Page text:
By Dylan Donley, Spring 2014 Graduate Research Assistant
To kick off Military Saves Week 2014, this post will focus on recent fraud schemes committed against the military in the hopes of raising awareness and providing information on how to avoid being scammed. Stop me if you’ve heard this one before:
On January 31, 2014, Vernon Matthews was sentenced to 4 years in prison for his role in defrauding military personnel and their dependents and stealing more than $200,000 through an investment scheme. Matthews also pleaded guilty to mail fraud committed against a military investor in September 2013. Matthews admitted to operating First Capital Group (FCG), a phony investment company, which solicited US military personnel and their dependents to make investments but instead took their money. In these solicitations, Matthews made many misrepresentations about how the investment funds would be used, the security of the investments, and the promised amount of returns, which ranged from 4% to 300%. Matthews also claimed to have affiliations with reputable investment companies and funds, such as HB Group and American Funds, despite not having any such affiliation.
After receiving money to invest from military personnel and their dependents, Matthews pocketed the money and walked away, using it for his own personal use. In this particular scam, Matthews promised a wide range of returns to his victims. While a promised 300% should definitely raise some eyebrows, 4% may not seem like a particularly high amount of return. However, any absolute guarantee of a return on an investment should raise red flags as investments are inherently risky and nothing is ever guaranteed. If an investment professional guarantees you any particular return, it should give you pause to do a bit more due diligence on the professional as well as the actual investment.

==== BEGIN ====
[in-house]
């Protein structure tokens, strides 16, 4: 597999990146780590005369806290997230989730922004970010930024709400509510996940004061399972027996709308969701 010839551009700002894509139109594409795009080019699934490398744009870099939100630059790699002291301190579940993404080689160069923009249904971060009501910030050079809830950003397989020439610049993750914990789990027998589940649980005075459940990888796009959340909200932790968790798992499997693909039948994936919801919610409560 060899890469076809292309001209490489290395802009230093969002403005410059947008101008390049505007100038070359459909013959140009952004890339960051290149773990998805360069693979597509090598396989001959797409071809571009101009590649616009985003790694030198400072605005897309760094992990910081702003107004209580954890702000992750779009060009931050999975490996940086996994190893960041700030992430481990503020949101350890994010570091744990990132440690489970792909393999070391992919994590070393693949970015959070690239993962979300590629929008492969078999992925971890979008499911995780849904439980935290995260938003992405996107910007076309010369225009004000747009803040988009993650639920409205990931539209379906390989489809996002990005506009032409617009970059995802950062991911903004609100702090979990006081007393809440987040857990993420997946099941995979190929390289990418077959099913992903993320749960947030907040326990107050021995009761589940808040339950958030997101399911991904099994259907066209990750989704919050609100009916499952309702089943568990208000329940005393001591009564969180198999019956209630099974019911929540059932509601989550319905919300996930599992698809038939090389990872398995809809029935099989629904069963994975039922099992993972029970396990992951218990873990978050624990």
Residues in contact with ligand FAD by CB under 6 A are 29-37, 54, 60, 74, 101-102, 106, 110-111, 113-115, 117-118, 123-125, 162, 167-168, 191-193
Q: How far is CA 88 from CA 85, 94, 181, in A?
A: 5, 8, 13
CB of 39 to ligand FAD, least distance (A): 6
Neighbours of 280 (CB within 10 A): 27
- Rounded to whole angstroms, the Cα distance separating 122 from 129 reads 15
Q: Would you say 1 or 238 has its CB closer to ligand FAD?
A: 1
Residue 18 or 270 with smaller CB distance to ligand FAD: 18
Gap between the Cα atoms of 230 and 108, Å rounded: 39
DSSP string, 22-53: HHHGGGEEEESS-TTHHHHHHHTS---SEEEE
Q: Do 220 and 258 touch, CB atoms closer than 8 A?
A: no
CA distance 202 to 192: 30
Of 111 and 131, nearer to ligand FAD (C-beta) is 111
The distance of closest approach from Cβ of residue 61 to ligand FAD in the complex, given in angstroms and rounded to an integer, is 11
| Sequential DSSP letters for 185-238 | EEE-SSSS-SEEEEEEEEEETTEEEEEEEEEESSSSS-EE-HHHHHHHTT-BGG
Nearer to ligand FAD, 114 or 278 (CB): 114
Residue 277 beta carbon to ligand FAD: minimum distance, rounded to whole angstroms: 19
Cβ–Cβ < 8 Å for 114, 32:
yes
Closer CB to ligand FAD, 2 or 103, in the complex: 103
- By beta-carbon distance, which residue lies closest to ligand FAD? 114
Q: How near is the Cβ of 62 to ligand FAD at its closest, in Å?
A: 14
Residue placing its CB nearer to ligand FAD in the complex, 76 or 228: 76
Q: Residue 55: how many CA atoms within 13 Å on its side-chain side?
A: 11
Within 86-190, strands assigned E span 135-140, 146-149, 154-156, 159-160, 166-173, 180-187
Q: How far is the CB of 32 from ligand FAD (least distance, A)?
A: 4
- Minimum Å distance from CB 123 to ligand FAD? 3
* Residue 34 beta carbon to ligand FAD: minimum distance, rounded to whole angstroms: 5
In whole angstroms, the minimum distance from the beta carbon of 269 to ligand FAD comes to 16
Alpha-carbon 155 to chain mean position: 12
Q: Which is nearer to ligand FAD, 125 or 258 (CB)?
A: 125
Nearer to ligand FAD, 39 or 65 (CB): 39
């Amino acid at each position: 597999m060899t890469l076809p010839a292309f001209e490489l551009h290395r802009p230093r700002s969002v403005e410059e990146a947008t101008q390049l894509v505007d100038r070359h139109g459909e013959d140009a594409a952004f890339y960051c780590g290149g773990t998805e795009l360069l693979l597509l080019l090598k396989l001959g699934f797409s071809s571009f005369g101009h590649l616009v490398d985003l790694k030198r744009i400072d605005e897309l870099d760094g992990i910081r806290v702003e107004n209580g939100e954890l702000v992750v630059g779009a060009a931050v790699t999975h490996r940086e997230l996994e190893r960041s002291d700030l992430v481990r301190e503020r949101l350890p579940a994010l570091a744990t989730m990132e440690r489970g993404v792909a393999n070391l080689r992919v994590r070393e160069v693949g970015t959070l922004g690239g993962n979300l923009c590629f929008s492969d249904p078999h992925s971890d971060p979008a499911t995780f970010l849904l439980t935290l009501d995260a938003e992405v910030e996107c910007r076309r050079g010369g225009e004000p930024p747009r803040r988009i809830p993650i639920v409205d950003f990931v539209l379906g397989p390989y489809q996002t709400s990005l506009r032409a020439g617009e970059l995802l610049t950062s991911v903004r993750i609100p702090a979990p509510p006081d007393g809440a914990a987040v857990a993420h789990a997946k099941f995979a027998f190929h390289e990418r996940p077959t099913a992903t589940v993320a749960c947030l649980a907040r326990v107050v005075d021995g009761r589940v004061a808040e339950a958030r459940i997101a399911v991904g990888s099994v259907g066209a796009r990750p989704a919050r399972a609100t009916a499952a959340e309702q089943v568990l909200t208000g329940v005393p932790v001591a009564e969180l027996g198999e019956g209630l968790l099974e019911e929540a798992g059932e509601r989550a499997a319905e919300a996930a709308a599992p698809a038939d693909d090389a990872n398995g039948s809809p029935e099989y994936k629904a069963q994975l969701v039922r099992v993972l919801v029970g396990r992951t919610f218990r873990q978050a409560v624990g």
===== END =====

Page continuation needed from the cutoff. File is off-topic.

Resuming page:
Matthews also committed mail fraud against one US Naval Academy graduate, where he misrepresented that he would transfer her investment monies into a mutual fund with a guaranteed rate of 7.27% of return; he later stated that the return would be even higher at 10 – 12% if she would agree to invest more money with him. The investor agreed to invest an additional $29,500. Even with this additional investment, Matthews never placed any of her money in the promised investment fund. The investor later attempted to withdraw her investment funds, which were not actually invested in the promised fund, and Matthews later mailed her a fraudulent refund check in the amount of $32,328.55, which bounced, after a series of delays.
Visit our blog tomorrow to learn about how to avoid becoming a victim to these types of schemes.